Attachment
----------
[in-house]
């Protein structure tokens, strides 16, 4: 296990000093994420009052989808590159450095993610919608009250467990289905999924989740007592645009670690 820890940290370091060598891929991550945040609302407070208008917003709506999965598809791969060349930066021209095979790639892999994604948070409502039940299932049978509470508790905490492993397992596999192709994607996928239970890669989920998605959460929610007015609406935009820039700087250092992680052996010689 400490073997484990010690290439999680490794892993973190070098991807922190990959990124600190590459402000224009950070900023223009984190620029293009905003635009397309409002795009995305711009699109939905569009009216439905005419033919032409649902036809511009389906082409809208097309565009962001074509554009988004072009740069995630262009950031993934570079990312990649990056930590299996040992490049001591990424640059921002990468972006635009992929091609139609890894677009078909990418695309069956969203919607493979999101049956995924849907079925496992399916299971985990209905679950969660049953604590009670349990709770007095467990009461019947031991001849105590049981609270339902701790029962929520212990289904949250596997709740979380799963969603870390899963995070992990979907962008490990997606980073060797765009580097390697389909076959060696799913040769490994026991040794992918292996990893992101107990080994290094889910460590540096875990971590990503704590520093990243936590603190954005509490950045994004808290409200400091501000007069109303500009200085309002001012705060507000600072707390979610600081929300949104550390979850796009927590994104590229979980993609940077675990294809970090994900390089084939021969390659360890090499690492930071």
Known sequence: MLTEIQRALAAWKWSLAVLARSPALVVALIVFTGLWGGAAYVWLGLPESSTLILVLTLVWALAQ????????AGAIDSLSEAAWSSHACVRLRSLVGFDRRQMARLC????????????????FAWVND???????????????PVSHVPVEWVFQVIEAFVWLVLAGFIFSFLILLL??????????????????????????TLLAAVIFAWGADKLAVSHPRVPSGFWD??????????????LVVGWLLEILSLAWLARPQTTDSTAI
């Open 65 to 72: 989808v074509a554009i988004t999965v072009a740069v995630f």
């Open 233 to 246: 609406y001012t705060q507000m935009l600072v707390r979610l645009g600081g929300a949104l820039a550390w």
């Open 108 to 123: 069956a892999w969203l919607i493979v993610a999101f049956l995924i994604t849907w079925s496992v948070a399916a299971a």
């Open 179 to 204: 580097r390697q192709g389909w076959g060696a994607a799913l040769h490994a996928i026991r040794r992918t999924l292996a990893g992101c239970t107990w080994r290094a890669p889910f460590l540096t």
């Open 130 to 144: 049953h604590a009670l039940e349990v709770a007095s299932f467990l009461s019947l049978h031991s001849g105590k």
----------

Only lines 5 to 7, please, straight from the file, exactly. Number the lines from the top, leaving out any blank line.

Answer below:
């Open 233 to 246: 609406y001012t705060q507000m935009l600072v707390r979610l645009g600081g929300a949104l820039a550390w």
């Open 108 to 123: 069956a892999w969203l919607i493979v993610a999101f049956l995924i994604t849907w079925s496992v948070a399916a299971a």
């Open 179 to 204: 580097r390697q192709g389909w076959g060696a994607a799913l040769h490994a996928i026991r040794r992918t999924l292996a990893g992101c239970t107990w080994r290094a890669p889910f460590l540096t």